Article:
Intuition in emergency nursing: a phenomenological study

Int J Nurs Pract. 2008 Apr;14(2):101-8. doi: 10.1111/j.1440-172X.2008.00672.x.


The evidence of experience of intuitive knowing in the clinical setting has to this point only been informal and anecdotal. Reported experiences thus need to be either validated or refuted so that its place in emergency nursing can be determined. The history, nature and component themes captured within the intuitive practice of emergency nursing are described. This study was informed by the philosophy and method of phenomenology. Participants were 14 experienced emergency nurses. Through their narrative accounts and recall of events their experience of knowing was captured. Through a Van Manen process and a Gadamerian analysis, six themes associated with the ways in which the participants experienced intuition in clinical practice, were identified. This paper reveals the six emerging themes as knowledge, experience, connection, feeling, syncretism and trust.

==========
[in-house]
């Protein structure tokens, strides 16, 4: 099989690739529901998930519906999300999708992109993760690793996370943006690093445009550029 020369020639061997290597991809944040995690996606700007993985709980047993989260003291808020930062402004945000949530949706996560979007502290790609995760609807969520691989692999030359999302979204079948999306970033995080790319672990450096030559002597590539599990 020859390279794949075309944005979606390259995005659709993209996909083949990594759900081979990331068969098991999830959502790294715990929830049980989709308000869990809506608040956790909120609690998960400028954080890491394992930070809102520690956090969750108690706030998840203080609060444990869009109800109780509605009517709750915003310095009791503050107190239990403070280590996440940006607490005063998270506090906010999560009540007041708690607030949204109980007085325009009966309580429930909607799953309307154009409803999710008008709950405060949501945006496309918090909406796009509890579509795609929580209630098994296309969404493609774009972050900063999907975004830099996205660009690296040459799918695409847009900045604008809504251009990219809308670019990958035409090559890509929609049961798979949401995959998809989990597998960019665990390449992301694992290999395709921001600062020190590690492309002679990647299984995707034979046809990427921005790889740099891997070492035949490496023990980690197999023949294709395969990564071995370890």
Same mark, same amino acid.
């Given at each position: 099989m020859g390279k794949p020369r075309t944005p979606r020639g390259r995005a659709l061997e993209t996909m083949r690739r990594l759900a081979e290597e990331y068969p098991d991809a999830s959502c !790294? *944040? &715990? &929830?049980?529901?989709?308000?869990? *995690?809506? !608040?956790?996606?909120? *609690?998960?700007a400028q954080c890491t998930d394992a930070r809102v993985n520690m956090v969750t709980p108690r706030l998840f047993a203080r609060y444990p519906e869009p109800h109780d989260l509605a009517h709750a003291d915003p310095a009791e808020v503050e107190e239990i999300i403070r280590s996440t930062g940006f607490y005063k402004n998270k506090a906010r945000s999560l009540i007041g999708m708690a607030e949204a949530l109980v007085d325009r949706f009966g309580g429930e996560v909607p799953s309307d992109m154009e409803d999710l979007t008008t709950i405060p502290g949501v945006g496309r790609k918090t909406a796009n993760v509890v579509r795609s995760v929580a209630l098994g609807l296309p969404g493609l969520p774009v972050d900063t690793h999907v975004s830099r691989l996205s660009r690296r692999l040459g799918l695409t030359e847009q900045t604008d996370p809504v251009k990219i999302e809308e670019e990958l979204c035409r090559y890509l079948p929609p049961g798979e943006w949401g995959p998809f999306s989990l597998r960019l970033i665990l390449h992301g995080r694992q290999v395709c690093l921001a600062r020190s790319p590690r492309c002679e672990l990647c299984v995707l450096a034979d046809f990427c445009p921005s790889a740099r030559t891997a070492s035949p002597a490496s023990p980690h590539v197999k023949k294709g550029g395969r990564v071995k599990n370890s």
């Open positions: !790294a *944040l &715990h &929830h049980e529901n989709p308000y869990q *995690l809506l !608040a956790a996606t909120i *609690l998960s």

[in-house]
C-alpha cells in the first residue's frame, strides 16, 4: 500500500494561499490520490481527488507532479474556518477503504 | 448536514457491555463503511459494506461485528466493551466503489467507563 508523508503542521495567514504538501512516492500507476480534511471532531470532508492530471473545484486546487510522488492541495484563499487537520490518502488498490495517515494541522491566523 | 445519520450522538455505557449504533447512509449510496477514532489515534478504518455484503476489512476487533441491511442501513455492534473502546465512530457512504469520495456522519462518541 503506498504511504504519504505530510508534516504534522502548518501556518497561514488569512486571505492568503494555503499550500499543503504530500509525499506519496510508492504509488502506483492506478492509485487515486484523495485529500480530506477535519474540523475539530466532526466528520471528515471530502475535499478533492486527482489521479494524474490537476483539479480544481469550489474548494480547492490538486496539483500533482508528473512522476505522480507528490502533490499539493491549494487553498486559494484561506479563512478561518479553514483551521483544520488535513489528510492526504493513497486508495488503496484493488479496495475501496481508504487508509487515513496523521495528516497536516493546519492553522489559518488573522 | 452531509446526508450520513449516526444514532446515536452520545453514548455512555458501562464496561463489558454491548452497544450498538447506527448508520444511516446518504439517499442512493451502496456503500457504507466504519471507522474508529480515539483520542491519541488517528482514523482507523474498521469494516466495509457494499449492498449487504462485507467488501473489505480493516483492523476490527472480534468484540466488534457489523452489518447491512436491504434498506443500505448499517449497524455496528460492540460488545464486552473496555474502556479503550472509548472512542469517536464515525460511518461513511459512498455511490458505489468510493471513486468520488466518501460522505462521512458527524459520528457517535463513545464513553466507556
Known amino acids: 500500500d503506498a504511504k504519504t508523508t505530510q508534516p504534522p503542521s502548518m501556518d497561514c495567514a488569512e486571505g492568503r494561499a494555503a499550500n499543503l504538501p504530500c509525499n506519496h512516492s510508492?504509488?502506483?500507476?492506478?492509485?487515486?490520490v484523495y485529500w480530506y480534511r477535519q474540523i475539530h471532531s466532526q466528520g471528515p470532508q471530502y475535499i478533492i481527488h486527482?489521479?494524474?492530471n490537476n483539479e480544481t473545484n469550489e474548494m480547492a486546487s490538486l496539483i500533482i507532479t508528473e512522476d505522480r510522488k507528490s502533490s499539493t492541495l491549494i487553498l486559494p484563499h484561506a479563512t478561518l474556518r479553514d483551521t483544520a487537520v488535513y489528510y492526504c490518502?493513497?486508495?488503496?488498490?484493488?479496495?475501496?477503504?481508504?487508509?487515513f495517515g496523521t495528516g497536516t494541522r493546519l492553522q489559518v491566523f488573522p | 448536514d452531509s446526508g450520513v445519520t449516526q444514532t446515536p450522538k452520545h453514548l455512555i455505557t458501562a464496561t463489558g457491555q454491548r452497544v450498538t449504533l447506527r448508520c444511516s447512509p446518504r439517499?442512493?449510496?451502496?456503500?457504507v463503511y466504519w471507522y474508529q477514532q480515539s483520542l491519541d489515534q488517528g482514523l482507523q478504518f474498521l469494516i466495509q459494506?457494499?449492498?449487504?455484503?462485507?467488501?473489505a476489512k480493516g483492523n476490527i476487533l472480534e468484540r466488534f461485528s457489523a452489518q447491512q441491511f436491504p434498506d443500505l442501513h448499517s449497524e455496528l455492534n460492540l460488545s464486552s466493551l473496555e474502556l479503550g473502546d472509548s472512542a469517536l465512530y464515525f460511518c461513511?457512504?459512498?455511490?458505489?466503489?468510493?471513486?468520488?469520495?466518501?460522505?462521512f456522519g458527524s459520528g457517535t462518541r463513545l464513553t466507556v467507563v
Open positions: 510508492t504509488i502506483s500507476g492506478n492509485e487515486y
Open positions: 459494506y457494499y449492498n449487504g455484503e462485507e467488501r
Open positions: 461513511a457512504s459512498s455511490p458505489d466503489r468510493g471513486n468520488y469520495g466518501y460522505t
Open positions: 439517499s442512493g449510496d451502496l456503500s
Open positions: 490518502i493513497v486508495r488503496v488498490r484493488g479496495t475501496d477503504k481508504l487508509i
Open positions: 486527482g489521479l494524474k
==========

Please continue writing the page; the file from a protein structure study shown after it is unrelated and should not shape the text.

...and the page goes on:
MeSH terms

  • Decision Making
  • Emergency Nursing / methods*
  • Female
  • Humans
  • Intuition*
  • Male
  • Nurses*
  • Professional Competence